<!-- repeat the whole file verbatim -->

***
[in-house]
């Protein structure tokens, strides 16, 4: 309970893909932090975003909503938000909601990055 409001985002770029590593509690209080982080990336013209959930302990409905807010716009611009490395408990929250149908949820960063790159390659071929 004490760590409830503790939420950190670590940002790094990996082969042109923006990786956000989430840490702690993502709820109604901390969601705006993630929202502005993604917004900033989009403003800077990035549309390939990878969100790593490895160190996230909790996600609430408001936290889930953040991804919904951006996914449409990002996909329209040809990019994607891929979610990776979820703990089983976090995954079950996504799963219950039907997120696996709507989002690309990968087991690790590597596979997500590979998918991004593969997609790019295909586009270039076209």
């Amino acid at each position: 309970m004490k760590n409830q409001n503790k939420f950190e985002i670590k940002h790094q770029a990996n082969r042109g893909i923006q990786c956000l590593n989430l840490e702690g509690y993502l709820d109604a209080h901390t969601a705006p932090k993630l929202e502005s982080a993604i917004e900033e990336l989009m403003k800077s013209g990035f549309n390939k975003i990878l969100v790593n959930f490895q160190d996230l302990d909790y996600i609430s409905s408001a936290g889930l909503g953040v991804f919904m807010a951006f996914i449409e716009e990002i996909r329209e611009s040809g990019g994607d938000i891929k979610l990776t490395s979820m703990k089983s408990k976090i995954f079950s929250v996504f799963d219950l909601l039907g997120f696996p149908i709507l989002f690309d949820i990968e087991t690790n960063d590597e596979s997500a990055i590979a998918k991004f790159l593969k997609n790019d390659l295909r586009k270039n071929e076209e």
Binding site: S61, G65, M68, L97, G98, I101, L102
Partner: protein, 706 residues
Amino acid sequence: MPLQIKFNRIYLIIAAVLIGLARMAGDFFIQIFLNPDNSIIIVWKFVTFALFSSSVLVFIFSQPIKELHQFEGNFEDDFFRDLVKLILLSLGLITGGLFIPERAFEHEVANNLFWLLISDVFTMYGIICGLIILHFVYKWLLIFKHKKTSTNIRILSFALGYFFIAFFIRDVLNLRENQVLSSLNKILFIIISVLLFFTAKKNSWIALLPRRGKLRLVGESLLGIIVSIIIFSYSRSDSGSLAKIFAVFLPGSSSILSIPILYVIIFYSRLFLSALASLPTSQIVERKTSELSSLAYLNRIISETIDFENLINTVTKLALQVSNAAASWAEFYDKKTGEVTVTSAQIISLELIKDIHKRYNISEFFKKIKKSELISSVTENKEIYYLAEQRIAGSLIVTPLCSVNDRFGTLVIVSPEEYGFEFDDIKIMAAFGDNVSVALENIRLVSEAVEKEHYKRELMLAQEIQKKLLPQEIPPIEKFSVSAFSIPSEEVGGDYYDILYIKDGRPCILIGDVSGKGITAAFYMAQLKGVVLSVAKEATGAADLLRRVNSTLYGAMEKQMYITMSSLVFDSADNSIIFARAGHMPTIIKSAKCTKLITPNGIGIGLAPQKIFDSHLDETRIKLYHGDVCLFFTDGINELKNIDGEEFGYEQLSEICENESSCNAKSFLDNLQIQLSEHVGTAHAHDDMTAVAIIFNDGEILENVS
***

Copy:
[in-house]
């Protein structure tokens, strides 16, 4: 309970893909932090975003909503938000909601990055 409001985002770029590593509690209080982080990336013209959930302990409905807010716009611009490395408990929250149908949820960063790159390659071929 004490760590409830503790939420950190670590940002790094990996082969042109923006990786956000989430840490702690993502709820109604901390969601705006993630929202502005993604917004900033989009403003800077990035549309390939990878969100790593490895160190996230909790996600609430408001936290889930953040991804919904951006996914449409990002996909329209040809990019994607891929979610990776979820703990089983976090995954079950996504799963219950039907997120696996709507989002690309990968087991690790590597596979997500590979998918991004593969997609790019295909586009270039076209």
């Amino acid at each position: 309970m004490k760590n409830q409001n503790k939420f950190e985002i670590k940002h790094q770029a990996n082969r042109g893909i923006q990786c956000l590593n989430l840490e702690g509690y993502l709820d109604a209080h901390t969601a705006p932090k993630l929202e502005s982080a993604i917004e900033e990336l989009m403003k800077s013209g990035f549309n390939k975003i990878l969100v790593n959930f490895q160190d996230l302990d909790y996600i609430s409905s408001a936290g889930l909503g953040v991804f919904m807010a951006f996914i449409e716009e990002i996909r329209e611009s040809g990019g994607d938000i891929k979610l990776t490395s979820m703990k089983s408990k976090i995954f079950s929250v996504f799963d219950l909601l039907g997120f696996p149908i709507l989002f690309d949820i990968e087991t690790n960063d590597e596979s997500a990055i590979a998918k991004f790159l593969k997609n790019d390659l295909r586009k270039n071929e076209e």
Binding site: S61, G65, M68, L97, G98, I101, L102
Partner: protein, 706 residues
Amino acid sequence: MPLQIKFNRIYLIIAAVLIGLARMAGDFFIQIFLNPDNSIIIVWKFVTFALFSSSVLVFIFSQPIKELHQFEGNFEDDFFRDLVKLILLSLGLITGGLFIPERAFEHEVANNLFWLLISDVFTMYGIICGLIILHFVYKWLLIFKHKKTSTNIRILSFALGYFFIAFFIRDVLNLRENQVLSSLNKILFIIISVLLFFTAKKNSWIALLPRRGKLRLVGESLLGIIVSIIIFSYSRSDSGSLAKIFAVFLPGSSSILSIPILYVIIFYSRLFLSALASLPTSQIVERKTSELSSLAYLNRIISETIDFENLINTVTKLALQVSNAAASWAEFYDKKTGEVTVTSAQIISLELIKDIHKRYNISEFFKKIKKSELISSVTENKEIYYLAEQRIAGSLIVTPLCSVNDRFGTLVIVSPEEYGFEFDDIKIMAAFGDNVSVALENIRLVSEAVEKEHYKRELMLAQEIQKKLLPQEIPPIEKFSVSAFSIPSEEVGGDYYDILYIKDGRPCILIGDVSGKGITAAFYMAQLKGVVLSVAKEATGAADLLRRVNSTLYGAMEKQMYITMSSLVFDSADNSIIFARAGHMPTIIKSAKCTKLITPNGIGIGLAPQKIFDSHLDETRIKLYHGDVCLFFTDGINELKNIDGEEFGYEQLSEICENESSCNAKSFLDNLQIQLSEHVGTAHAHDDMTAVAIIFNDGEILENVS